The SoCal Exile Journal Day 3: NorCal?

Publish date:

Did you know that San Francisco has hills? I mean, I've watched a significant portion of the fifth season of Full House so I thought I knew what I was getting myself into, but apparently I had not. The hills of SF, not unlike the hit MTV television series of the same name, are sudden, difficult to traverse and filled with beautiful people that want to hook up. But we're not here to discuss the topography of major NorCal cities (Are we?). We're here to talk about my writing progress. And progress it was, friends. To the tune of a major shake up in the middle of the book. After having sorted out something yesterday that made my book readable, I had only to connect the other literary dots in order to put the middle to sleep and get my end on.

I also was able to utilize something (name drop!!) Tom Perrotta said to me when I interviewed him last year as we both ate Cuban sandwiches: "Just skip the boring parts." This is sound advice for me because I have a hard time not keeping everything in these very linear blocks that go from one scene to what would be the next logical place. So say my main character was in the mall shopping at Forever 21 for a coral sequined halter top (for his lady friend!). The next logical scene (in my mind) would be him driving back from the mall with said halter top and possibly a new vanilla Frosty from Wendy's. But that's pointless. No one needs to see him driving. It doesn't push the plot forward, it doesn't develop his character, and even though he probably would've had clever things to say about his vanilla Frosty, you can't build a book relying solely on cleverness, well timed bon mots and boring parts. This is something I've only recently learned.

The Father-Son Relationship Quote of the Day: "I'm not driving you to the airport."

I'm currently sitting at a Starbucks on Stanford's campus waiting for my friend to get out of his business school class so he can buy me some Stanford Men's Distressed Print Sweatpants (Size Large) and I need to get some writing done so I'm going to disengage myself from the Internets. But I feel really good about where we are in our relationship. Good talk.

Doo Wop,
(That Thing)

Lauryn Hill


Dr. Munish Batra and Keith R.A. DeCandido: Entertainment and Outrage

Authors Dr. Munish Batra and Keith R.A. DeCandido explain how they came to co-write their novel and why it's important to them that the readers experience outrage while reading.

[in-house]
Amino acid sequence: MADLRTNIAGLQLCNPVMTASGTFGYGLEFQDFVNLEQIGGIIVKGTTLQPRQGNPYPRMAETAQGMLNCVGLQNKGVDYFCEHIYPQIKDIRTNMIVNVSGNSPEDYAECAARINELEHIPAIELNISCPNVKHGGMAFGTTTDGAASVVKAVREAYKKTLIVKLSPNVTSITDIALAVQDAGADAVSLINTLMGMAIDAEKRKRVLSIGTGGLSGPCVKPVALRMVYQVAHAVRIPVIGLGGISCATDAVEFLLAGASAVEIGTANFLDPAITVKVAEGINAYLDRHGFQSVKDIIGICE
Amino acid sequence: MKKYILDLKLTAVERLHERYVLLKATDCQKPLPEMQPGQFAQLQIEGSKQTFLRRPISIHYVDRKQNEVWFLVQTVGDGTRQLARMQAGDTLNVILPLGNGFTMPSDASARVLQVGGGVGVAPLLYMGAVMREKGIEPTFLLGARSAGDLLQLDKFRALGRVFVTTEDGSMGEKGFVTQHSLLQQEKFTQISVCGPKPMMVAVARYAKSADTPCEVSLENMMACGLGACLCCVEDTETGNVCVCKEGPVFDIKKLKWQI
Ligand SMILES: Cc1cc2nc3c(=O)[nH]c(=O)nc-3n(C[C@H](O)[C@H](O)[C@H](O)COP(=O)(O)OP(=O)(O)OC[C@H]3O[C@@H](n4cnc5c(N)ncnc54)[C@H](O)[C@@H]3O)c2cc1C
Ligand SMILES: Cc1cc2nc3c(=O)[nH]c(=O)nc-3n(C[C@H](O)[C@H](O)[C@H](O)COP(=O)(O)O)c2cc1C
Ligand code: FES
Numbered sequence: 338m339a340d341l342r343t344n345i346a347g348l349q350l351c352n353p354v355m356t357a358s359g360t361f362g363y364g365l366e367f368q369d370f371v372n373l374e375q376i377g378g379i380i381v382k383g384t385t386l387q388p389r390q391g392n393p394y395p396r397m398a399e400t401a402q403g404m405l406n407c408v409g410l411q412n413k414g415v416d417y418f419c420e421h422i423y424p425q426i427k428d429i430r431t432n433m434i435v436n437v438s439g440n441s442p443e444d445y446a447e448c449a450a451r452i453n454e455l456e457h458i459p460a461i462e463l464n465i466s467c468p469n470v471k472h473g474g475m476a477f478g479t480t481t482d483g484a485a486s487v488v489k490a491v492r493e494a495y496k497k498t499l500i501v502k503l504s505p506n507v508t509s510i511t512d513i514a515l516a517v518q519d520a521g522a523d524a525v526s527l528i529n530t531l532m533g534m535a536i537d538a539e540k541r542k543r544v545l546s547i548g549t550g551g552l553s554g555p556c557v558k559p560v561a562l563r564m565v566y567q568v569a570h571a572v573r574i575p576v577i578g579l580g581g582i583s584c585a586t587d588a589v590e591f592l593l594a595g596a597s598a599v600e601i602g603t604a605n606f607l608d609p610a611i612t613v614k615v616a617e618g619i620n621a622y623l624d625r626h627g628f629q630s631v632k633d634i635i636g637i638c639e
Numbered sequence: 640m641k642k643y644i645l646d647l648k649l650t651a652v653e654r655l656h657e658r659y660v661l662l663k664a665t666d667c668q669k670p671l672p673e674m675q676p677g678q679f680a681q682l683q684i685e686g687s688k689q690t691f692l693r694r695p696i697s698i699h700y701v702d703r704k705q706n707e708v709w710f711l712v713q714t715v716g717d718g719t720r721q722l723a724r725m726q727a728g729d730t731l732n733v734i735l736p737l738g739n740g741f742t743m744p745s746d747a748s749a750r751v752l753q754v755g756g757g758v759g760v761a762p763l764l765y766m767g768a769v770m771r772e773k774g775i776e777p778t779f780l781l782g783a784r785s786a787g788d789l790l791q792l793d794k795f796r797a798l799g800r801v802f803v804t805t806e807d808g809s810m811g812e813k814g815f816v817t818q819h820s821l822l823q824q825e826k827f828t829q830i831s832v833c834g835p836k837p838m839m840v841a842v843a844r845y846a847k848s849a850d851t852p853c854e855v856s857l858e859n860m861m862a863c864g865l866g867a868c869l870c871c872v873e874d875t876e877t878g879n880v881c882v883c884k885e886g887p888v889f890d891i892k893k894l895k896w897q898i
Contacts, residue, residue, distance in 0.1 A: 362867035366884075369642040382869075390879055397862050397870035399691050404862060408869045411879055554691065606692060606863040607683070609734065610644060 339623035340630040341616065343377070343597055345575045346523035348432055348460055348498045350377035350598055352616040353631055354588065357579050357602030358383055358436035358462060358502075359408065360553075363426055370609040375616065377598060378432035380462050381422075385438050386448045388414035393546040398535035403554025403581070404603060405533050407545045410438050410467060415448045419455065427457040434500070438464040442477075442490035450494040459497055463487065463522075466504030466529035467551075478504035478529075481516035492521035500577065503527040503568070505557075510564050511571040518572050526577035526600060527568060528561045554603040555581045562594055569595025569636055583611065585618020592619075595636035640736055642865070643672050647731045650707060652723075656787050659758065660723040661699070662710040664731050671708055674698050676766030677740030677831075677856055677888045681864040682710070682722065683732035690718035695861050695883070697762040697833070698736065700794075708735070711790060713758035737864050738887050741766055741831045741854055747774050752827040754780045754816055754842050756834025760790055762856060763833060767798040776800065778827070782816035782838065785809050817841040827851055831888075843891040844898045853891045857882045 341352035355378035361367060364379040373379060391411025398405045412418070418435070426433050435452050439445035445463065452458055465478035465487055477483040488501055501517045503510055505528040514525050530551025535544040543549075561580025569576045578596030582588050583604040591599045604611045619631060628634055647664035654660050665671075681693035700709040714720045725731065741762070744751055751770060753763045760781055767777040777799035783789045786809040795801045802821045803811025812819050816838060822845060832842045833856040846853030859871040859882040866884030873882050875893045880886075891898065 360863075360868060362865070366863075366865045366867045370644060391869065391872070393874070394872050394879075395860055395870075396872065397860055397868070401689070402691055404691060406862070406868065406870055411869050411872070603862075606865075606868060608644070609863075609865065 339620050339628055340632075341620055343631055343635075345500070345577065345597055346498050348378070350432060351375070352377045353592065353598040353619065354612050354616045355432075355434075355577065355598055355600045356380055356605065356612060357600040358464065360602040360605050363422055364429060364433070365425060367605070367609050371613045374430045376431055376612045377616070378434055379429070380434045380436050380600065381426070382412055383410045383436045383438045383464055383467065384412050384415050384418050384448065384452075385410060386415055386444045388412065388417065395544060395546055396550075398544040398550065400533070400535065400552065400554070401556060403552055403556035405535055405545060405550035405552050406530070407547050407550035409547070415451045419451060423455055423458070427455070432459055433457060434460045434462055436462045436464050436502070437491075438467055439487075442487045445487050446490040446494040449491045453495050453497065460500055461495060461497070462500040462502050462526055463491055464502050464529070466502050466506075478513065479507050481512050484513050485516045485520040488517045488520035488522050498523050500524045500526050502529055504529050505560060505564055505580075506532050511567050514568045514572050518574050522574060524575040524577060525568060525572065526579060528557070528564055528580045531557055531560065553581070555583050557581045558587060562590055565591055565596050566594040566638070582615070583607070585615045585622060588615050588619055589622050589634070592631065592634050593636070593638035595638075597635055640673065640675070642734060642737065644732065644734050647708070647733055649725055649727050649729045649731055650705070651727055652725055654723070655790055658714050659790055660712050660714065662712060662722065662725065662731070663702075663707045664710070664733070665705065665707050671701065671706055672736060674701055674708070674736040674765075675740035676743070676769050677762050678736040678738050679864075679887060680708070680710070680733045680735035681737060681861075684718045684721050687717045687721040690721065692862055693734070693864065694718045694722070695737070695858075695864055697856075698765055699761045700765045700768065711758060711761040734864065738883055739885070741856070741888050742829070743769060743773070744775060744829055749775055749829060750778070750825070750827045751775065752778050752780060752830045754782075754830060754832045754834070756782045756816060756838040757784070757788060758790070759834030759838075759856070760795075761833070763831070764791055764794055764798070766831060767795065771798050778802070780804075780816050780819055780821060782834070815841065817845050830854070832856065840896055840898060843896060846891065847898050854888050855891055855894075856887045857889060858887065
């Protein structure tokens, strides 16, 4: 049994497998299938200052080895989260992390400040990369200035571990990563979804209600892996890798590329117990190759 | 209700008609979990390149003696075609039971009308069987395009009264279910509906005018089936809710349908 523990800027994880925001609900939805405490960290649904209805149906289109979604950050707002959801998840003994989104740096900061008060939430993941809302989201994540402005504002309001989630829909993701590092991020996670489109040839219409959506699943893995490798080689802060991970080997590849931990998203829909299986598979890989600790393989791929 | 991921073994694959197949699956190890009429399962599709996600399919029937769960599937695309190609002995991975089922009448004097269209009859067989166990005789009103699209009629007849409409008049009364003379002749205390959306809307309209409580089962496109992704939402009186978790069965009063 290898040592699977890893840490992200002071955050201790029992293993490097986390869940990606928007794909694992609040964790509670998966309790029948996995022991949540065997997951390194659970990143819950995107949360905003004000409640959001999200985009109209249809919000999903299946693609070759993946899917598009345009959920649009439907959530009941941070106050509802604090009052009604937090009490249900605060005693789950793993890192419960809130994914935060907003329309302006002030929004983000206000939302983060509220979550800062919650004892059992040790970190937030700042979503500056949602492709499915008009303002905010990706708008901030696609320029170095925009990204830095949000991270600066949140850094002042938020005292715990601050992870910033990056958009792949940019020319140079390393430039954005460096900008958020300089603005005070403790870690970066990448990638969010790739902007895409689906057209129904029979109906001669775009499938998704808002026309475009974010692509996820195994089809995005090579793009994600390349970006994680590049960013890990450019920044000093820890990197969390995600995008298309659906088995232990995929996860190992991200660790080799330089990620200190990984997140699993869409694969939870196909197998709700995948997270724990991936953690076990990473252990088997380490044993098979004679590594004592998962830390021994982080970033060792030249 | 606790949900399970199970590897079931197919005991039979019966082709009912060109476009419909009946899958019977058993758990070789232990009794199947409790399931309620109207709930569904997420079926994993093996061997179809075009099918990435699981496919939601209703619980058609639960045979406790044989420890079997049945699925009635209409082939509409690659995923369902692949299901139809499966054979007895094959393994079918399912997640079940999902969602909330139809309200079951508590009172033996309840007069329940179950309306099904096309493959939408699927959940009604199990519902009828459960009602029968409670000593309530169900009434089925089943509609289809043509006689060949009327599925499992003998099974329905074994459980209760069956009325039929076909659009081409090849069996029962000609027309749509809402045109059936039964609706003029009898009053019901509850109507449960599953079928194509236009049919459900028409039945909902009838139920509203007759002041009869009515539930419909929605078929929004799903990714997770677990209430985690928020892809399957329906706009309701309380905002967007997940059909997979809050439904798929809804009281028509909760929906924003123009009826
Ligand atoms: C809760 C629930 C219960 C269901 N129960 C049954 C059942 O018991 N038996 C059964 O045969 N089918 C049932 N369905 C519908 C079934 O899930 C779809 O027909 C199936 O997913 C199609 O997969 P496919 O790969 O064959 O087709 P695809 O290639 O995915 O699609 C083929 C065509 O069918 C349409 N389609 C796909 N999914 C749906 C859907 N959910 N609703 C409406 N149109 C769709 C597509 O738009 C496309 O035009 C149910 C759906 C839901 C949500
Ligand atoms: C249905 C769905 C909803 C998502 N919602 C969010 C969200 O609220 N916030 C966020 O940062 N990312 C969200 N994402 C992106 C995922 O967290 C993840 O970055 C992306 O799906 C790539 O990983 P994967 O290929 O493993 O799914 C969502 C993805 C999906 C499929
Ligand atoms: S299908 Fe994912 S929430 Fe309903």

Incite vs. Insight (Grammar Rules)

Learn when to use incite vs. insight with Grammar Rules from the Writer's Digest editors, including a few examples of correct usages.


Jane K. Cleland: On Writing the Successful Long-Running Series

Award-winning mystery author Jane K. Cleland describes what it's like to write a long-running book series and offers expert advice for the genre writer.

writer's digest wd presents

WD Presents: #StartWrite, Virtual Conference, and New Courses

This week, we’re excited to announce free resources to start your writing year off well, our Novel Writing Virtual Conference, and more!


20 Most Popular Writing Posts of 2020

We share a lot of writing-related posts throughout the year on the Writer's Digest website. In this post, we've collected the 20 most popular writing posts of 2020.


Carla Malden: Writing With Optimism and Innocence

Screenwriter and author Carla Malden explains why young adult fiction and the '60s go hand-in-hand and how she connected with her main character's voice.


Writing Mistakes Writers Make: Talking About the Work-in-Progress

The Writer's Digest team has witnessed many writing mistakes over the years, so we started this series to help identify them for other writers (along with correction strategies). This week's writing mistake writers make is talking about the work-in-progress.


Greta K. Kelly: Publishing Is a Marathon

Debut author Greta K. Kelly reveals how the idea for her novel sparked and the biggest surprise of her publication journey.

Poetic Forms

Mistress Bradstreet Stanza: Poetic Forms

Poetic Form Fridays are made to share various poetic forms. This week, we look at the Mistress Bradstreet stanza, an invented form of John Berryman.